The procedures used in seeking and obtaining informed consent should be designed to communicate with the subject population in terms that they can understand. Information about a research project must be presented in such a way that enables each person to voluntarily decide whether or not to participate as a research subject. Thus, the information must be conveyed in language understandable to those being asked to participate as subjects in the research (45 CFR 46.116).

    For most research, informed consent is documented using a written document that provides key information regarding the research. The consent form is intended, in part, to provide information for the potential subject’s current and future reference and to document the interaction between the subject and the investigator. However, even if a signed consent form is required, it alone does not constitute an adequate consent process. The informed consent process is an ongoing exchange of information between the investigator and the subject and could include, for example, use of question and answer sessions, community meetings, and videotape presentations. In all circumstances, however, individuals should be provided with an opportunity to have their questions and concerns addressed on an individual basis.

    The consent process and its documentation should be revised when deficiencies in its accuracy or completeness are noted, when new information about reasonably foreseeable risks and potential benefits becomes available, or when other additional information becomes known that will improve the consent process. Such revisions must be reviewed and approved by an IRB prior to the revised consent being utilized except when necessary to eliminate apparent immediate hazards to subjects (45 CFR 46.103(b)(4)).

    Is it possible to obtain legally effective informed consent to research in an urgent or emergency care setting?
    What are the basic elements of informed consent?
    What additional information might be appropriate to provide during the consent process?
    Can consent or parental permission ever be “passive” or “implied?”
    What does it mean to minimize the possibility of coercion or undue influence?
    When does compensating subjects undermine informed consent or parental permission?
    Can non-financial enrollment incentives constitute undue influence?
    What constitutes coercion or undue influence when students are involved in research in a college or university setting?
    What constitutes coercion or undue influence when employees are the subjects of research?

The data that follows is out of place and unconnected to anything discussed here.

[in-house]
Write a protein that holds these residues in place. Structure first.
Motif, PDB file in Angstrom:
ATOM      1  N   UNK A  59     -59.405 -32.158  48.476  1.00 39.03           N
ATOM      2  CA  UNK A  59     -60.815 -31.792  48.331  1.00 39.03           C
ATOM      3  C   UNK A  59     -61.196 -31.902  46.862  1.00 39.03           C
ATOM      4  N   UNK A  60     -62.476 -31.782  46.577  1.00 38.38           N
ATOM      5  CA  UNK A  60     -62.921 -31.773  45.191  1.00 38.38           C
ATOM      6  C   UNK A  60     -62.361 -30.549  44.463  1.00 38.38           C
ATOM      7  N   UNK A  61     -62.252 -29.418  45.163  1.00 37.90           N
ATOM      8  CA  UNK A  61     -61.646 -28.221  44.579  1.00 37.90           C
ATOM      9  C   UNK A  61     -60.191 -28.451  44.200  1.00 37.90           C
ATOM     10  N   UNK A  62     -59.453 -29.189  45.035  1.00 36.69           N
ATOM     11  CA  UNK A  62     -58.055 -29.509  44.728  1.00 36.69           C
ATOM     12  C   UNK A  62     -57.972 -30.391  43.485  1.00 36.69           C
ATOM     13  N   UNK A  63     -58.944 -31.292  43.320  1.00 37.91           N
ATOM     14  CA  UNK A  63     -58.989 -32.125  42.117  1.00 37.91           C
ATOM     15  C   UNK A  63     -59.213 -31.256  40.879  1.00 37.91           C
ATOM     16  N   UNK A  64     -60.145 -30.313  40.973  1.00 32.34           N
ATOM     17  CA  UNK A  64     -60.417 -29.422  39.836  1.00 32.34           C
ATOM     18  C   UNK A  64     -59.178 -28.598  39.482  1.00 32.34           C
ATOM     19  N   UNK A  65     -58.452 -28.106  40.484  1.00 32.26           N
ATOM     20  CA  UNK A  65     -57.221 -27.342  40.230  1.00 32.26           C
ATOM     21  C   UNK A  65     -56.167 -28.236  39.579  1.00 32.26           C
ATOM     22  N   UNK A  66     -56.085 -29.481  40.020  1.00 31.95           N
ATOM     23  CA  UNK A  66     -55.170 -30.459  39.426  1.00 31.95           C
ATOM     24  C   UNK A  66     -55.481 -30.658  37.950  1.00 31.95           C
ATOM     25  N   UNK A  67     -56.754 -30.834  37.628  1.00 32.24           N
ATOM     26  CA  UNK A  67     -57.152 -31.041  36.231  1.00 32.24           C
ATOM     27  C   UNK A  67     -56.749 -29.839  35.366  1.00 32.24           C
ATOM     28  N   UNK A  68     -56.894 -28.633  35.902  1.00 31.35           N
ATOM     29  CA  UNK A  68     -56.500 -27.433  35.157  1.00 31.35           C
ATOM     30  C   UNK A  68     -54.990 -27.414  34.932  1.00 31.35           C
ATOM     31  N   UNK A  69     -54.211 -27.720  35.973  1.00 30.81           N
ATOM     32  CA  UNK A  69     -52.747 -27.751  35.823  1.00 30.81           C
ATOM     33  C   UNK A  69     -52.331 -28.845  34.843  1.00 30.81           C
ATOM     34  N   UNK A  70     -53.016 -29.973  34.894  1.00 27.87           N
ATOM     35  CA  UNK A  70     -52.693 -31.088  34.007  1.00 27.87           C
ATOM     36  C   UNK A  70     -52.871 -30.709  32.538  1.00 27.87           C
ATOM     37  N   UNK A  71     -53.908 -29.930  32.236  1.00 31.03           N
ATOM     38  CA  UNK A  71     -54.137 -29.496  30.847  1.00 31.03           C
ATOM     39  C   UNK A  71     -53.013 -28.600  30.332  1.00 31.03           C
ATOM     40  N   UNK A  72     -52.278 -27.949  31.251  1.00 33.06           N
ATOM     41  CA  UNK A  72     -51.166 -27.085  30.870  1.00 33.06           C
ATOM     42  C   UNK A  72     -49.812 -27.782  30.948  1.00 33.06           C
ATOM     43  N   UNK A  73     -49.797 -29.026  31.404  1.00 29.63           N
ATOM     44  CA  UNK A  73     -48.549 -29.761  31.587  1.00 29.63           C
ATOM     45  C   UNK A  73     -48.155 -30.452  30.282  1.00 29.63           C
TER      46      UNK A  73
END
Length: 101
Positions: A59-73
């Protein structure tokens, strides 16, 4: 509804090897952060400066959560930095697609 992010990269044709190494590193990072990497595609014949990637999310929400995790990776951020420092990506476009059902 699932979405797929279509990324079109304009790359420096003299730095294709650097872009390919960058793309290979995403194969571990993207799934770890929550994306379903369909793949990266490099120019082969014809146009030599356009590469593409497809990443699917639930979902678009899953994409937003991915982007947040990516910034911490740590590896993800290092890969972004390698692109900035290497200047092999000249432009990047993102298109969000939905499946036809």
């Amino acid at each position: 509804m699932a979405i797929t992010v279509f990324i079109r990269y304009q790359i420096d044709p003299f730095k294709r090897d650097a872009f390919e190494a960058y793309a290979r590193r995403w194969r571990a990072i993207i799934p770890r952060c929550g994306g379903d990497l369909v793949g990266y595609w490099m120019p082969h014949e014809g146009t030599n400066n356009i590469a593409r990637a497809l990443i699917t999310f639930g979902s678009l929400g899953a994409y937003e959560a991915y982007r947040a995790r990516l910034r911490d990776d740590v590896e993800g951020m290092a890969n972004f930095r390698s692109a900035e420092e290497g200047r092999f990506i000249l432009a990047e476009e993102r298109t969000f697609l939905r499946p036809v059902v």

Should the initial consent or parental permission procedure ever be repeated or supplemented?
    How far in advance of research participation can consent be obtained?
    Can records or databases be reviewed to identify potential subjects without obtaining informed consent or parental permission?
    How can the consent and parental permission processes be designed to facilitate understanding?
    Can an electronic signature be used to document consent or parental permission?
    Is a faxed copy of the signed consent or parental permission form acceptable to document informed consent?
    Who must sign the informed consent or parental permission document?
    Do signatures on consent forms have to be dated?
    Who can be a legally authorized representative (LAR) for the purpose of providing consent on behalf of a prospective subject?
    When may a legally authorized representative provide consent on behalf of an adult with diminished decision-making capacity?
    What should be considered in seeking informed consent from individuals with diminished decision-making capacity?
    What are the requirements for assent and parental permission in research with children?
    May the requirement for obtaining informed consent or parental permission be altered or waived?
    What is the definition of guardian in the context of obtaining consent for research involving children?
    What happens if a child reaches the legal age of consent while enrolled in a study?
    What is a waiver or alteration of informed consent or parental permission?
    What are the regulatory bases for waiving or altering some or all of the required elements of informed consent or parental permission?
    What are the criteria under 45 CFR 46.116(c) for waiving or altering some or all of the required elements of informed consent or parental permission?
    What are the criteria under 45 CFR 46.116(d) for waiving or altering some or all of the required elements of informed consent or parental permission? (Valid informed consent for research must include three major elements: (1) disclosure of information, (2) competency of the patient (or surrogate) to make a decision, and (3) voluntary nature of the decision. US federal regulations require a full, detailed explanation of the study and its potential risks.)
    So the Governor thinks he is above the Law and can issue a medical procedure without informed consent, AND where in the State Constitution does it give the governor the power to give the power to an unelected official IT DOESN’T !!! Dunleavy is a SNAKE in the grass

  • Neil A DeWitt says:

    What a bunch of garbage. Discrimination never is a good thing! If you can go anywhere without a mask now 4th of July isn’t any differents!

  • Timothy Colbath says: